Hotspot revealed in casting defect processes

Scientists working at the Diamond Light Source have shown that treating semi-solid alloys more like soils reveals key insights into how casting defects form.

They were able to demonstrate that the grains re-arranging under compression opened internal pores and drew free liquid into the material, resulting in cracking.  This way of modelling the casting process could lead to improved manufacturing techniques.
 
The technique of taking a liquid alloy, and allowing it to form a solid is one of the oldest engineering processes developed by mankind, yet scientists and engineers still have difficulty in understanding and controlling defects that occur during casting processes.
 
Many of the most damaging defects develop during the final stages of casting, when a large solid network has formed, which means that the material has become less malleable and more difficult to manipulate. (continues below)
 

 

(a) Transversal (xz) slices at increasing compressive axial strain (scale bar, 1 mm), (b) change in volume of internal voids and surface-connected voids with increasing strain and (c–e) 3D rendering of surface-connected meniscus development at 73 and 93% solid, respectively (scale bar, 300 μm).
Fig. 2 from Kareh K. M. et al. Revealing the micromechanisms behind semi-solid metal deformation with time-resolved X-ray tomography. Nature Communications 5. 4464 (2014). DOI: 10.1038/ncomms5464
 

 

At present, several models for this process have been proposed; one similar to a saturated sponge being squeezed, one analogous to dispersed clay slurries and one comparable to saturated soil, where force is transmitted via contact between the grains of soil.
 
This work took place using a bespoke furnace and tension-compression rig on the Joint Engineering, Environmental, and Processing (JEEP) beamline (I12). Using synchrotron X-ray tomography, the researchers have shown that the solid grains formed within high percentage solid samples (73 % - 93 %) begin to become less spherical (more raisin shaped than pea shaped), which increases the surface area of the grains.
 

I12 was well-suited to the specific ratios of sample size, grain size and displacement rate that we needed to use, requiring relatively large samples Ø5x5 mm to be scanned at 12s per tomogram at 12µm voxel size. I12 was also ideal for incorporating the bespoke rotating tension-compression rig with a furnace developed by Professor Peter Lee and colleagues. The combination of the beamline and the rig enabled us to directly test previously proposed micromechanics in semi-solid alloys and to prove the active mechanisms.

Dr. Kristina Maria Kareh, Department of Materials, Imperial College London.

When the sample was subject to uniaxial (from one direction) compression, the team of researchers from University College London, University of Manchester, and Diamond Light Source, showed that grains move and rotate independently of each other, which had not previously been predicted.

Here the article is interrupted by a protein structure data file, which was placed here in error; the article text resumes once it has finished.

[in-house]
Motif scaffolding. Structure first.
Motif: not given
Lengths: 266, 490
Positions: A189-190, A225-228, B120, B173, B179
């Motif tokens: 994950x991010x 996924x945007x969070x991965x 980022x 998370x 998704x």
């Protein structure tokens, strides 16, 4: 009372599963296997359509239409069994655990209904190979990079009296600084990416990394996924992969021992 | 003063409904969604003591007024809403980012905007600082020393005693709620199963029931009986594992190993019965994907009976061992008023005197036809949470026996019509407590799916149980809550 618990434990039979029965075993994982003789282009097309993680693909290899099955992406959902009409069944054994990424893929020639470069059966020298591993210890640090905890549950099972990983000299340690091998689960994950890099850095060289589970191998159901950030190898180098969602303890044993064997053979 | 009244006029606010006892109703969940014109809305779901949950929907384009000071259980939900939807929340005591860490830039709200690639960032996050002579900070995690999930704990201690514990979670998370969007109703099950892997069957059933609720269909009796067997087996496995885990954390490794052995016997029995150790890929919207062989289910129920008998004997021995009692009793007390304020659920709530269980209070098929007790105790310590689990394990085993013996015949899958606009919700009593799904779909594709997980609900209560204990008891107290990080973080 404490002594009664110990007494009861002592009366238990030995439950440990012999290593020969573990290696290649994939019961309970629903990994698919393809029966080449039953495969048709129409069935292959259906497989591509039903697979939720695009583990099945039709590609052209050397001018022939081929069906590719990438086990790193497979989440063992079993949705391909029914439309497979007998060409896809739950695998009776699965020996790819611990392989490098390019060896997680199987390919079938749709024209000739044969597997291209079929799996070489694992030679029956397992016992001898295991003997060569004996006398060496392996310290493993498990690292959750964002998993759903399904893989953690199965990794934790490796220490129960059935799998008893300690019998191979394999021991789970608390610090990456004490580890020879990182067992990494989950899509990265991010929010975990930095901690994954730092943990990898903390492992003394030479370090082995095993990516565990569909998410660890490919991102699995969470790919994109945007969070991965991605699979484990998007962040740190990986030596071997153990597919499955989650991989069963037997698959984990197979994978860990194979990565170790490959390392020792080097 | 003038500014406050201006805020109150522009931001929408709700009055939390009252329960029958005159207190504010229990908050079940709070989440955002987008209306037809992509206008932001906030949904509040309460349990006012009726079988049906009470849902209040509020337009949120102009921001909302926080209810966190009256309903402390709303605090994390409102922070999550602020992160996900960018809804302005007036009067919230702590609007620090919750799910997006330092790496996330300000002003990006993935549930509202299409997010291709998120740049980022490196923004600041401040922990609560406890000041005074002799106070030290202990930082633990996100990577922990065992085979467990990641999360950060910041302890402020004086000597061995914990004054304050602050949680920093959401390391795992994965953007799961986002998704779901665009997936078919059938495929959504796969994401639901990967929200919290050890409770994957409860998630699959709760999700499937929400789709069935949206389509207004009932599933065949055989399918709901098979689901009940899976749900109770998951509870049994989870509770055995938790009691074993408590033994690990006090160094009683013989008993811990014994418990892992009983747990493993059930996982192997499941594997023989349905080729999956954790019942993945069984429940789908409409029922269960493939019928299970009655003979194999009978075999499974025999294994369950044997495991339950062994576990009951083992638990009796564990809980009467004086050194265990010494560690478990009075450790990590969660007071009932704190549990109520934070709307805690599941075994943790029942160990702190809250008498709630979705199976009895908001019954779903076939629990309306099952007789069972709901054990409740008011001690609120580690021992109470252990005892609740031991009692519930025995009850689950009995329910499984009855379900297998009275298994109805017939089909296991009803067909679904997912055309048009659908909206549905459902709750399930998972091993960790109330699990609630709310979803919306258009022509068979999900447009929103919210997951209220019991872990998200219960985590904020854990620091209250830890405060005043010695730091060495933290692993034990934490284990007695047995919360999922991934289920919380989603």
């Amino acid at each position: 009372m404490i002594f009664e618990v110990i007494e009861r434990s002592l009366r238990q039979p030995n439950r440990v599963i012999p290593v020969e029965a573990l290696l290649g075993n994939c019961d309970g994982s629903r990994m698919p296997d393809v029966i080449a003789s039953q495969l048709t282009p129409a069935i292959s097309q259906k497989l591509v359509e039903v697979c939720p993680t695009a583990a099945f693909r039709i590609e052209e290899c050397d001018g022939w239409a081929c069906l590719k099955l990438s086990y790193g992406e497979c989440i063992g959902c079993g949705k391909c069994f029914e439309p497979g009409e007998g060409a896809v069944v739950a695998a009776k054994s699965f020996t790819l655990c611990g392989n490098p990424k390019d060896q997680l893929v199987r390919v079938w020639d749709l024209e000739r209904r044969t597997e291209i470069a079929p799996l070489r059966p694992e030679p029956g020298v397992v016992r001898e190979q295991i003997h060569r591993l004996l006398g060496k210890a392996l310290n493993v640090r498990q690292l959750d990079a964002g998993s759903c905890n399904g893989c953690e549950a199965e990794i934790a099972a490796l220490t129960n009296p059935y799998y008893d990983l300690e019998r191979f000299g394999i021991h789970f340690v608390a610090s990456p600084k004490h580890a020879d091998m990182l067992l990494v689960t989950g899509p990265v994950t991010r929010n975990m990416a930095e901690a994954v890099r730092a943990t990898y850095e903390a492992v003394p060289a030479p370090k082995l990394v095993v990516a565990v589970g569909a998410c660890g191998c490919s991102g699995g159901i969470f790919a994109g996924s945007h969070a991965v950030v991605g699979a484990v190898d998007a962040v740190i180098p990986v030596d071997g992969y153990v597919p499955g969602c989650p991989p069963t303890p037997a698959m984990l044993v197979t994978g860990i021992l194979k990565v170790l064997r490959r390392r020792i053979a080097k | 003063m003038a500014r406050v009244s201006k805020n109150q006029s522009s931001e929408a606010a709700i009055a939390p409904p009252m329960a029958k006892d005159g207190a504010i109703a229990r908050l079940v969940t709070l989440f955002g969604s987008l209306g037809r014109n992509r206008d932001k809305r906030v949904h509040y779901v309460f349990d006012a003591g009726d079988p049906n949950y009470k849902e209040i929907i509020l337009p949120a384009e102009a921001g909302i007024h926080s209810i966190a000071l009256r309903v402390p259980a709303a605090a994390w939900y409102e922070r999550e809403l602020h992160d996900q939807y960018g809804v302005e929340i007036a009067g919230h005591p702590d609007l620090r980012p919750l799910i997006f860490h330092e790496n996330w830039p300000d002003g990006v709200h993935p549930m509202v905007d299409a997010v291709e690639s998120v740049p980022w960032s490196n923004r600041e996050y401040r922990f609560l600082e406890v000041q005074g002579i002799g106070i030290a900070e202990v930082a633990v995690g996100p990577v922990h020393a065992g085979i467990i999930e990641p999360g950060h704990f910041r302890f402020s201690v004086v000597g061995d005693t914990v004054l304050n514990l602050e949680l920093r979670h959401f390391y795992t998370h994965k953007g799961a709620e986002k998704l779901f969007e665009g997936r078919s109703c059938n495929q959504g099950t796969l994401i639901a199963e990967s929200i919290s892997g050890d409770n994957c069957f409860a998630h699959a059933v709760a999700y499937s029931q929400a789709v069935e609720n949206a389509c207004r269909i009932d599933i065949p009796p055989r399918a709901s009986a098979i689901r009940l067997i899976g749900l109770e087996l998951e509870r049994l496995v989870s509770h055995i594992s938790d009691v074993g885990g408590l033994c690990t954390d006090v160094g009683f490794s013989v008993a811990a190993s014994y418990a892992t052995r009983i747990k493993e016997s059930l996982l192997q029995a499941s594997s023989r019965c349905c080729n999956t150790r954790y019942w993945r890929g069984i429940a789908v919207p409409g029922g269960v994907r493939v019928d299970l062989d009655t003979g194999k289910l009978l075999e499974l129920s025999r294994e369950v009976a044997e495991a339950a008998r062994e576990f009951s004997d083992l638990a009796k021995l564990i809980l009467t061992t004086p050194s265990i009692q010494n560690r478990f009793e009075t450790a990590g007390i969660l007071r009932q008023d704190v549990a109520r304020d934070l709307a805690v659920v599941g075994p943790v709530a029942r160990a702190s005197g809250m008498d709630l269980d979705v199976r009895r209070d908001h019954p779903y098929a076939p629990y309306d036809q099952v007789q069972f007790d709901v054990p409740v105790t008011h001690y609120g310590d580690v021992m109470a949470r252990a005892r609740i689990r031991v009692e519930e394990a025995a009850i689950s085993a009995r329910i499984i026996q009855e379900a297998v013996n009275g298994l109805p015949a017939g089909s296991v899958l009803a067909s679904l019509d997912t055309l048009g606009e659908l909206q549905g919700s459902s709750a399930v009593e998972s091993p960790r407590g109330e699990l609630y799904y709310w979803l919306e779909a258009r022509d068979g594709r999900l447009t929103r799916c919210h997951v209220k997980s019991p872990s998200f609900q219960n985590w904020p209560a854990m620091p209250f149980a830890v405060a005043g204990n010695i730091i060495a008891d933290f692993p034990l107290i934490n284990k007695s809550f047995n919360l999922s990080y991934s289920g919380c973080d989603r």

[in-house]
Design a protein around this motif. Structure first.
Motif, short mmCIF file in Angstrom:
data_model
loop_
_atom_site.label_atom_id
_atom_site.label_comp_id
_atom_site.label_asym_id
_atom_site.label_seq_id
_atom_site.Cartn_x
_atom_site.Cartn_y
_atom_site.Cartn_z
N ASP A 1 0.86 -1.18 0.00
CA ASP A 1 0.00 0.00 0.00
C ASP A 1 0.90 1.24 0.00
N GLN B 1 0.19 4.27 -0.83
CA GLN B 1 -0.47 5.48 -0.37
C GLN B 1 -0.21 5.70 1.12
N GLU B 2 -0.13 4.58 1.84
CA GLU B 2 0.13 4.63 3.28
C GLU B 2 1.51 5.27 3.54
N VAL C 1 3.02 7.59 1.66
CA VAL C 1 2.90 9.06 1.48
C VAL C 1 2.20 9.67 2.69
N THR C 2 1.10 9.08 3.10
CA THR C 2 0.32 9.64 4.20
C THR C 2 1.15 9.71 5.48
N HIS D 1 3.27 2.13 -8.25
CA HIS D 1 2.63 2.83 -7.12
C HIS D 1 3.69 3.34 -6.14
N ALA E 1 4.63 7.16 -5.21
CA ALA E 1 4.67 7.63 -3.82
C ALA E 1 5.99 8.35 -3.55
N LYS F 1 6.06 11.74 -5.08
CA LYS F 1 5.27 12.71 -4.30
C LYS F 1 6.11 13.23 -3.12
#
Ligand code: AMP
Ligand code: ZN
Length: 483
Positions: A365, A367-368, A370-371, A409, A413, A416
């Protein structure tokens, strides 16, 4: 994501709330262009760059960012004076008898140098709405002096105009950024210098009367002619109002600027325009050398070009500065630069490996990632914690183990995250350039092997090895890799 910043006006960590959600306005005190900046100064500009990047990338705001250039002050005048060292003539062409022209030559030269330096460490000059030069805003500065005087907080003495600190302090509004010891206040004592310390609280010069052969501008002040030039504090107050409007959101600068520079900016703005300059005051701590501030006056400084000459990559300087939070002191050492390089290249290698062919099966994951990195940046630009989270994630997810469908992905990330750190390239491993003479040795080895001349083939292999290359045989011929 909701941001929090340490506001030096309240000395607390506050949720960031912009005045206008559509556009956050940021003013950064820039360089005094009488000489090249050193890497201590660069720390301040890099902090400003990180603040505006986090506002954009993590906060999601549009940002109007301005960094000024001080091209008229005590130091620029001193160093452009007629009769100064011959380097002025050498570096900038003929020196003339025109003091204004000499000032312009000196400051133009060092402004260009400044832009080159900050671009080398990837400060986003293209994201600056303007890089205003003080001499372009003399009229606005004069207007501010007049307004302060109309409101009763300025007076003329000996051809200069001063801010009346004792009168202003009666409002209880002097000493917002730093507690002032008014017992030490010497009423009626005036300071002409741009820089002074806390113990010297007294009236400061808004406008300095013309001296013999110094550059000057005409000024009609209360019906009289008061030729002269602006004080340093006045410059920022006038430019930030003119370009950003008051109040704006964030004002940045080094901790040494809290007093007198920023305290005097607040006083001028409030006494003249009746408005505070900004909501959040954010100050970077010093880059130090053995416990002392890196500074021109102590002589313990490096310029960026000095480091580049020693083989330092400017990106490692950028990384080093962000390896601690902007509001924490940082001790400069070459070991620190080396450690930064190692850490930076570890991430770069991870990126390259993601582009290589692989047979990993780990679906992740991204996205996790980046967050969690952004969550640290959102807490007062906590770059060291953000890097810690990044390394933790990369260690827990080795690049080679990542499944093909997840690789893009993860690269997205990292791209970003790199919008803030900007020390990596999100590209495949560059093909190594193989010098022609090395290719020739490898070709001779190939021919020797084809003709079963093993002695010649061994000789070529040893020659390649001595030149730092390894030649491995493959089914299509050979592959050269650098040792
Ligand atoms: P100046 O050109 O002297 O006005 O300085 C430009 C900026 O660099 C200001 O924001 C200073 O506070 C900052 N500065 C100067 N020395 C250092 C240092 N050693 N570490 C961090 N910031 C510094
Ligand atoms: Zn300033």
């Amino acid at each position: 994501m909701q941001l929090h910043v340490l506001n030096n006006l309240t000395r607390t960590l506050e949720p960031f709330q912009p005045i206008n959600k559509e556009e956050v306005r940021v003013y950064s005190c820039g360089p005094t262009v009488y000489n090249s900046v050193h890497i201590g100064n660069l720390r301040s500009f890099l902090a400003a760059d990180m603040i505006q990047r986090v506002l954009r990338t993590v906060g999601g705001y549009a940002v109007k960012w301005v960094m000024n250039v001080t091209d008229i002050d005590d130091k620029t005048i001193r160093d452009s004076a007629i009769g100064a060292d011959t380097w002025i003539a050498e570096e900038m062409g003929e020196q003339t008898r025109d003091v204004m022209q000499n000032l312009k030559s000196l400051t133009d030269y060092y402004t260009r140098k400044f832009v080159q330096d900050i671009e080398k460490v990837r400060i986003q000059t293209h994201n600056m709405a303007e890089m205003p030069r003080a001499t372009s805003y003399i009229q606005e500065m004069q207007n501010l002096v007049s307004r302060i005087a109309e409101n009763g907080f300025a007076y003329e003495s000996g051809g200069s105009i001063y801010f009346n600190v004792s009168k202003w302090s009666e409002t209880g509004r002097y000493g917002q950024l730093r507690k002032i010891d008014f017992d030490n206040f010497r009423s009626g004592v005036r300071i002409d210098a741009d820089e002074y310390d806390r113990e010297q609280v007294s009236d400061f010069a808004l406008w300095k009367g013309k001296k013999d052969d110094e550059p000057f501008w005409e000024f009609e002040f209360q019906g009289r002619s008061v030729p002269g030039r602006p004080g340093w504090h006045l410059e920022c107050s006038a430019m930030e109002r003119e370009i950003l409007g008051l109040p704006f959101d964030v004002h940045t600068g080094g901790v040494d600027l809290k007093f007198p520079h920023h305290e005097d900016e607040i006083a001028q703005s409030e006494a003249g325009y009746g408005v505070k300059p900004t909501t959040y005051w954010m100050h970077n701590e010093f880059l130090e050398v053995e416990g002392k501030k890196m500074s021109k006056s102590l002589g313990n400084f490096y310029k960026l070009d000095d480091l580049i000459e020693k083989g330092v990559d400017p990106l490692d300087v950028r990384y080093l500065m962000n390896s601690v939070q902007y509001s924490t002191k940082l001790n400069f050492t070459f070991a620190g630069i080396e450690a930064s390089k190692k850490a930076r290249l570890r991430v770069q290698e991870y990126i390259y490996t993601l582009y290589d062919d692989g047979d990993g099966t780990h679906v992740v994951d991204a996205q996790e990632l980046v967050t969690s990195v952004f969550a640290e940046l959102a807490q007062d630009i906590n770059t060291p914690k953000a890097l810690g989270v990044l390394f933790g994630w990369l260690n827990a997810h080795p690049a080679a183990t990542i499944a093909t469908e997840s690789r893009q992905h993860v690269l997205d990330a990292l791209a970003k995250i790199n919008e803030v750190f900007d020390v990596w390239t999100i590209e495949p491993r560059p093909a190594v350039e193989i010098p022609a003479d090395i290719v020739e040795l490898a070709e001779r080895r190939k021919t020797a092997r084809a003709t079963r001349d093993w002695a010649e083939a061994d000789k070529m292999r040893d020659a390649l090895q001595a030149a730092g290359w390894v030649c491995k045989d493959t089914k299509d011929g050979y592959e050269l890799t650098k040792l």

This caused previously tightly packed grains to push each other apart, forming small vacuums into which free surface liquid was drawn, forming the hotspots that lead to casting defects.

This finding showed that the soil mechanics model, also applicable to other systems such as rock and magma flows, explains how the solid packing density moves towards a constant value.

 

 

Position and volumetric strain of each assembly for increasing axial strain at (a) 73% solid (scale bar, 1 mm) and (b) 93% solid (scale bar, 1 mm); 3D rendering of the polyhedron formed by the grain centroids at (c) 73% solid (scale bar, 300 μm) and (d) 93% solid (scale bar, 500 μm); Euler distance travelled by each grain per 2% incremental strain at (e) 73% solid (scale bar, 300 μm) and (f) 93% solid (scale bar, 500 μm); rotation of each grain per 2% incremental strain at (g) 73% solid (scale bar, 300 μm) and (h) 93% solid (scale bar, 500 μm); and internal porosity response at (i) 73% solid (scale bar, 100 μm) and (j) 93% solid (scale bar, 100 μm).
Fig. 4 from Kareh K. M. et al. Revealing the micromechanisms behind semi-solid metal deformation with time-resolved X-ray tomography. Nature Communications 5. 4464 (2014). DOI: 10.1038/ncomms5464.
 

We are now exploring the role of welding between grains on the mechanical response of mush, and working to develop soil-inspired models to better understand defect formation casting processes.

Dr. Chris Gourlay, Department of Materials, Imperial College London.

 
To find out more about using the I12 beamline, or to discuss potential applications, please contact Michael Drakopoulos: michael.drakopoulos@diamond.ac.uk
 

Related publication

Kareh K. M., Lee P. D., Atwood R. C., Connolley T. and Gourlay  C. M. Revealing the micromechanisms behind semi-solid metal deformation with time-resolved X-ray tomography. Nature Communications 5. 4464 (2014). DOI: 10.1038/ncomms5464